Volume 15, Number 6—June 2009
Methicillin-Resistant Staphylococcus aureus USA400 Clone, Italy
To the Editor: In the past 30 years, methicillin-resistant Staphylococcus aureus (MRSA) has been the leading cause of nosocomial infections throughout the world. Healthcare-associated MRSA (HA-MRSA) isolates are resistant to multiple antimicrobial drugs. This resistance severely hampers treatment options. During the past decade, MRSA isolates have also emerged as major pathogens in the community, first in the United States and later worldwide. Community-associated MRSA (CA-MRSA) isolates are usually more susceptible to antimicrobial drugs but are more virulent than HA-MRSA isolates. Among various determinants involved in the pathogenesis of CA-MRSA infections, special attention has been focused on the Panton-Valentine leukocidin (PVL), which has a strong epidemiologic link with CA-MRSA clones (1).
It has been suggested that CA-MRSA might move to healthcare settings, blurring the line between HA- and CA-MRSA (2). Nevertheless, CA-MRSA isolates are increasingly being reported as pathogens in the general population in persons with no risk factors for HA-MRSA acquisition. These pathogens are generally associated with skin and soft tissue infections, but also with more severe infections such as necrotizing pneumonia or septicemia. CA-MRSA strains usually harbor a staphylococcal cassette chromosome (SCC) mec (type IV or V) that is smaller than the type I–III SCCmec elements commonly found in HA-MRSA strains. To date, 5 major CA-MRSA clonal lineages from diverse genetic backgrounds have been recognized by pulsed-field gel electrophoresis and multilocus sequence typing; certain clones predominate in specific areas of the world (1).
The most common lineages in the United States are sequence type (ST) 1 (USA400) and ST8 (USA300), which usually carry type IV SCCmec and PVL-encoding genes. Over the past few years, ST8 (USA300) has become predominant in the United States (3), also emerging as a major cause of nosocomial infections (4). In Europe, data are more limited, but the situation appears to be more varied: the predominant CA-MRSA clonal lineage is ST80 (5), although single cases or small clusters caused by ST8 (USA300) have increasingly been reported (6–8). In contrast, the ST1 (USA400) clone is still rare in Europe (9,10). We describe the importation of ST1 (USA400) into Italy and its isolation in the country. The organism was isolated from an Italian woman with a skin infection that she contracted in the United States.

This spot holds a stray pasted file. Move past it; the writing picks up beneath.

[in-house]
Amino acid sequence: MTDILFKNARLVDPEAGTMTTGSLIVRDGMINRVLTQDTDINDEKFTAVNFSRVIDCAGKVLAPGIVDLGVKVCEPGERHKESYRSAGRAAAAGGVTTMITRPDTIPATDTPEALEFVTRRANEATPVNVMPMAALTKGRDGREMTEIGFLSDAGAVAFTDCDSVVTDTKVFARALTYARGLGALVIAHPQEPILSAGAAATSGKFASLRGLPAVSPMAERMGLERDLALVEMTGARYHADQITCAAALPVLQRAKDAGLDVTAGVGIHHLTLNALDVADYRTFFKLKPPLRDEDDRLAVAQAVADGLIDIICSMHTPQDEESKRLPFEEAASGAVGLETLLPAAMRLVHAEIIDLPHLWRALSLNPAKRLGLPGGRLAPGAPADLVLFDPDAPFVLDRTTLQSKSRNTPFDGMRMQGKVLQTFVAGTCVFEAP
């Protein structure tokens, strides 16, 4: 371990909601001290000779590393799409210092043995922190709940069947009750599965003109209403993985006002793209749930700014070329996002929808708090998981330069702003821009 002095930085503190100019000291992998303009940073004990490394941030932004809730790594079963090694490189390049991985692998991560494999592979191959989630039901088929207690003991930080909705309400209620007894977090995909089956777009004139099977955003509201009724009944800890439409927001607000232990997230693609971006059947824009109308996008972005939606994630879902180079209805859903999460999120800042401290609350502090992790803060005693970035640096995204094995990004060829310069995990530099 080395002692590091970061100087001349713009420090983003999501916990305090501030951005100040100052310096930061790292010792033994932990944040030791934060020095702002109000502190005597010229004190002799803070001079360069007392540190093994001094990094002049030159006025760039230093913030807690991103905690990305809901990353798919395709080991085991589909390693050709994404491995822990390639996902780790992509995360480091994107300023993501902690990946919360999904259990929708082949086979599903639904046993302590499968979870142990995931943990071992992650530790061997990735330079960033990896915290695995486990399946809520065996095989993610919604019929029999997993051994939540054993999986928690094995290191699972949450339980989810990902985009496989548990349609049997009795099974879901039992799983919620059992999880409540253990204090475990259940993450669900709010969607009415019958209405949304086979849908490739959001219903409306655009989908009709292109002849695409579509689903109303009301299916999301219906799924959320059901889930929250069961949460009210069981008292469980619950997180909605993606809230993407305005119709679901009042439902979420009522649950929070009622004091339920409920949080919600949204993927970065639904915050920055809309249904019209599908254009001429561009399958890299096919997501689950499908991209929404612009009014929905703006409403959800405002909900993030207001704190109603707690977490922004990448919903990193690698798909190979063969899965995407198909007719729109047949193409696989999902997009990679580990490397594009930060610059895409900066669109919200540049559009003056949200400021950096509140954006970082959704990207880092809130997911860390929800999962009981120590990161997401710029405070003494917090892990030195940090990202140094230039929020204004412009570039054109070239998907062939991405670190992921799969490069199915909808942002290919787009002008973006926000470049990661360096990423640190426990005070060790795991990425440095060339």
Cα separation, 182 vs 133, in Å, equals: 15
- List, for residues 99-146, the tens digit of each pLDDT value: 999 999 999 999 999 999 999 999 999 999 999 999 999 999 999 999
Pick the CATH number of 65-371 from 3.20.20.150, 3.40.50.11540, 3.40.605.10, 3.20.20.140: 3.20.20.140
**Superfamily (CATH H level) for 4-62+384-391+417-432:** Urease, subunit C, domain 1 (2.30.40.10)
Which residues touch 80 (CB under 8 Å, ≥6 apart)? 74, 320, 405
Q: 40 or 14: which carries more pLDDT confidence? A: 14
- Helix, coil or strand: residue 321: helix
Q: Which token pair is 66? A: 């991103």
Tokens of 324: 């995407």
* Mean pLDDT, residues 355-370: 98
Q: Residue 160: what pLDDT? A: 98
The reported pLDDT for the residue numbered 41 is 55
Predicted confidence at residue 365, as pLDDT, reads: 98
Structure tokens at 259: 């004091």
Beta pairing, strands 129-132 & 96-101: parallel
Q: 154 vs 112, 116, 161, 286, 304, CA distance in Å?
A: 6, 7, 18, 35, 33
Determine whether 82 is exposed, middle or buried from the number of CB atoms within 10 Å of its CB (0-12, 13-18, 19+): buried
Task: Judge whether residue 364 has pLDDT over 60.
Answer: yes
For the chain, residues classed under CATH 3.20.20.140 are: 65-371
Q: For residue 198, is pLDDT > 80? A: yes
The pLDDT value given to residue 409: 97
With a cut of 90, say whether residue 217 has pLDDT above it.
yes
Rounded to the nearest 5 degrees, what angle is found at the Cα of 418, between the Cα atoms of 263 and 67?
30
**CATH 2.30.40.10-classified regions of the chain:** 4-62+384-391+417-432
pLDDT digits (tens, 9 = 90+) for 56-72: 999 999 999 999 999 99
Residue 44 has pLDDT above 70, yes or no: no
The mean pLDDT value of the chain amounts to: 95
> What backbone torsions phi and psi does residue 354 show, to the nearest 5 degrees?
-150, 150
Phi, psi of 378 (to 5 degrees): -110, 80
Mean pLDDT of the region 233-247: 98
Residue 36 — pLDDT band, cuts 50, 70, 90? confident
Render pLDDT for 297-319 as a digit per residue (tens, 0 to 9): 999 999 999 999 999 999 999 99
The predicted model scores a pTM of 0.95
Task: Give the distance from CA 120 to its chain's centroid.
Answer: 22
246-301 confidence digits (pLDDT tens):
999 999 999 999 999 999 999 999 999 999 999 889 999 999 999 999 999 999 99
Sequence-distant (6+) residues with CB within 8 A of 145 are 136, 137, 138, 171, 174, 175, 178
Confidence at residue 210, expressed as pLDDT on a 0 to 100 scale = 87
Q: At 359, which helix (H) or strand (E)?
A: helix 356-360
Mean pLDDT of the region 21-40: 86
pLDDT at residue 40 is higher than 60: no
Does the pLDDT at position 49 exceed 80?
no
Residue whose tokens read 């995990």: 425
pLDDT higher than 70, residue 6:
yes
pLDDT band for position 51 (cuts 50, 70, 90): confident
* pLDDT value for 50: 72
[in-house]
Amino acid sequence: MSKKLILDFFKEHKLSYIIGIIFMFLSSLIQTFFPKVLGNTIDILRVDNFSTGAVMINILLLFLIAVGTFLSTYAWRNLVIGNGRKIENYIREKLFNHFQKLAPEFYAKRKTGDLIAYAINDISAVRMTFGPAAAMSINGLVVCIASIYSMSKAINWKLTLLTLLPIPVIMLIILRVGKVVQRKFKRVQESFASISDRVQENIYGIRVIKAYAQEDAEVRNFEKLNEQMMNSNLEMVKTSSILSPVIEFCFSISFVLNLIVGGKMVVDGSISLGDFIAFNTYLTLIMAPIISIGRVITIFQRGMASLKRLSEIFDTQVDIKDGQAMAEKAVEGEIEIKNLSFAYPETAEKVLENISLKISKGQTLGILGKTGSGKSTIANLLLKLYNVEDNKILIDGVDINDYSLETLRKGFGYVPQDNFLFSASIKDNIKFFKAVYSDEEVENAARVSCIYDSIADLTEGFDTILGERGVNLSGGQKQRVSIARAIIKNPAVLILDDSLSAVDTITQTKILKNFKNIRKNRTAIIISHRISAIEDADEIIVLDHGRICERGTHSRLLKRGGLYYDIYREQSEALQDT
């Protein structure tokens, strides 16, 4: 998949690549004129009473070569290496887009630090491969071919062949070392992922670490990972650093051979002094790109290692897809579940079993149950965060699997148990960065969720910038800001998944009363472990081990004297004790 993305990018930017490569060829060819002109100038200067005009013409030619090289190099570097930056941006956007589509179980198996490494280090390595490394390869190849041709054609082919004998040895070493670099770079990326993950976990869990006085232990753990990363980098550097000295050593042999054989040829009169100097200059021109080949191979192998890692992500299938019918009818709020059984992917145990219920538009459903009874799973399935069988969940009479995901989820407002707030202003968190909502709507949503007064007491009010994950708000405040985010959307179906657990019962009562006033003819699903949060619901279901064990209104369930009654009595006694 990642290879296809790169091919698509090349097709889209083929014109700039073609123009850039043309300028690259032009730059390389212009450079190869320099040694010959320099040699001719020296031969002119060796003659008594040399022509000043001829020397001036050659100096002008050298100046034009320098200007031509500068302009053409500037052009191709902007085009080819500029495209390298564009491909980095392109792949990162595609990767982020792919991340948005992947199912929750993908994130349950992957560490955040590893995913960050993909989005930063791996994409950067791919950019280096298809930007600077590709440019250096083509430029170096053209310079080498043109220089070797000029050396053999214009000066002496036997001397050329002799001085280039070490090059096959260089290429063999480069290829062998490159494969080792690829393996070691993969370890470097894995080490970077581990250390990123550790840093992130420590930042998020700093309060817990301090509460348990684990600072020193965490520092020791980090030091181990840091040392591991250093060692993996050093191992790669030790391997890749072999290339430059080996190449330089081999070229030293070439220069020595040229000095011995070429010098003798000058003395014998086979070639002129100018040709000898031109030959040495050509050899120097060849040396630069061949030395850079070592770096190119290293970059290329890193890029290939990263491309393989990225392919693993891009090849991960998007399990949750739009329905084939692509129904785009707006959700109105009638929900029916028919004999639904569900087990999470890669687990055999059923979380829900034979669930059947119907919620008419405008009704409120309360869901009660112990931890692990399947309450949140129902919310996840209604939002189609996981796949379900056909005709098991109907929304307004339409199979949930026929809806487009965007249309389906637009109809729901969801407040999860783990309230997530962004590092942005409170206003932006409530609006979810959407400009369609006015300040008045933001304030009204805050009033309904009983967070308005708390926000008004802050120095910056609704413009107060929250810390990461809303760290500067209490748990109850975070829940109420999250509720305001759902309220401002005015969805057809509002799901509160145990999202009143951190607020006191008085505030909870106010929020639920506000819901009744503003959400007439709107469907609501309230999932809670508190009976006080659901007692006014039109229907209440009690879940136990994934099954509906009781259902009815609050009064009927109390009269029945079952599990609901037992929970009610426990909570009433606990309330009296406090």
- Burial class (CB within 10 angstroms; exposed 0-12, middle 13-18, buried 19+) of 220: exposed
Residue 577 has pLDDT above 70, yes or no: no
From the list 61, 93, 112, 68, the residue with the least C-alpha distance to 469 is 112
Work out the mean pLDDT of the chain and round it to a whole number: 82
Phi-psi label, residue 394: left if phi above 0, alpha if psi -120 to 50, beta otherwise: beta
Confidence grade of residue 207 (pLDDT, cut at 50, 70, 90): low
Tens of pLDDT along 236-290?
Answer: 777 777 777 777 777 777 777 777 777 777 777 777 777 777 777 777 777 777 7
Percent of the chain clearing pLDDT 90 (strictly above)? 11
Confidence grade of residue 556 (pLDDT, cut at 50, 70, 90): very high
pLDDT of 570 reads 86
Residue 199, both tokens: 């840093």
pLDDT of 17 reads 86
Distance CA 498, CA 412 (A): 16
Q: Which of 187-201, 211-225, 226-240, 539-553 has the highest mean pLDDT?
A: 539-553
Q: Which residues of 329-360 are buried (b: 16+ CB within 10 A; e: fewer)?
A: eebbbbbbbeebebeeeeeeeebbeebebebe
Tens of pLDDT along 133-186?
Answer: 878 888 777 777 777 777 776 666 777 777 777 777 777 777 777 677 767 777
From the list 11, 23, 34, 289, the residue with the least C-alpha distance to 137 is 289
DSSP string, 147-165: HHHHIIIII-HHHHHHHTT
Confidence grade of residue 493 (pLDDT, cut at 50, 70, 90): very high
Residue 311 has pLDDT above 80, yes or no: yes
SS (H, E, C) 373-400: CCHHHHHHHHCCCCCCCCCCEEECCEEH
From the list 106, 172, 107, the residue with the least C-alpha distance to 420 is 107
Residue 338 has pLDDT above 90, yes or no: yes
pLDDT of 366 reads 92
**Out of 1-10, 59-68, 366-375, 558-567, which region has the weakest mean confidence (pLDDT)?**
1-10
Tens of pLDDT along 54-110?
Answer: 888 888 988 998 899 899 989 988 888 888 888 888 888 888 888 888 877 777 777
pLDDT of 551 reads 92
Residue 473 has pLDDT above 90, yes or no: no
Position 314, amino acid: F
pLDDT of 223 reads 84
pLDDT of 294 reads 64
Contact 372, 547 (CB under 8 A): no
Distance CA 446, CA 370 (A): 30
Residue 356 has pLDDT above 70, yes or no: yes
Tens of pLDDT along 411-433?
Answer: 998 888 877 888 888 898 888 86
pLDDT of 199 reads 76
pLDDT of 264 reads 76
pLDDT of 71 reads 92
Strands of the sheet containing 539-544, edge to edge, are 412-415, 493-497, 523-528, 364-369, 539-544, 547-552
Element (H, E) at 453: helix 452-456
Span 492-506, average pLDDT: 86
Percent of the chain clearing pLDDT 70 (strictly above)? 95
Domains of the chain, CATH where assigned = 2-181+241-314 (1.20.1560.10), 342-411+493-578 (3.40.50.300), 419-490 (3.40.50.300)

In late November 2007, a 36-year-old Italian woman was seen at Pordenone Hospital (northeastern Italy) for spider-bite–like skin lesions on the face, characterized by rapid evolution to furuncles and small abscesses. The infection had started ≈1 month earlier in California, where she had spent several months on business (wine import-export), and where she had been treated empirically with amoxicillin/clavulanate for 10 days (1 g, 3×/day), with no clinical improvement.
Culture of the pus from the abscesses yielded an MRSA isolate that was resistant to oxacillin and susceptible to all non-β-lactam antimicrobial drugs tested by Vitek 2 AST-P536 card (bioMérieux, Marcy l’Etoile, France). Such a particular susceptibility pattern and the community origin of the infection prompted molecular investigation and typing by established methods, which confirmed the isolate to be CA-MRSA and identified it as belonging to the USA400 clone (ST1, type IVa SCCmec, presence of PVL genes, agr type III, spa type t128). Notably, t128 is the spa type found in MW2, the highly virulent prototype strain of USA400. Treatment with oral levofloxacin for 7 days (500 mg, 1×/day) led to complete resolution of the infection. After more than a year, the patient has experienced no recurrences.
All 3 previously reported cases of CA-MRSA infection in Italy were caused by type IV SCCmec, PVL-positive strains, none of which, however, belonged to the ST80 clonal lineage that predominates in Europe (7). The first case (in 2005) was a necrotizing pneumonia caused by an ST30 isolate; the 2 other cases (2006) were severe invasive sepsis and a neck abscess, both caused by ST8 (USA300) isolates. The case we note here documents the importation of a US pathogen into a country in Europe, from an area where the pathogen is widespread and has been highly virulent since the late 1990s, to an area where its penetration in the past has been poor.
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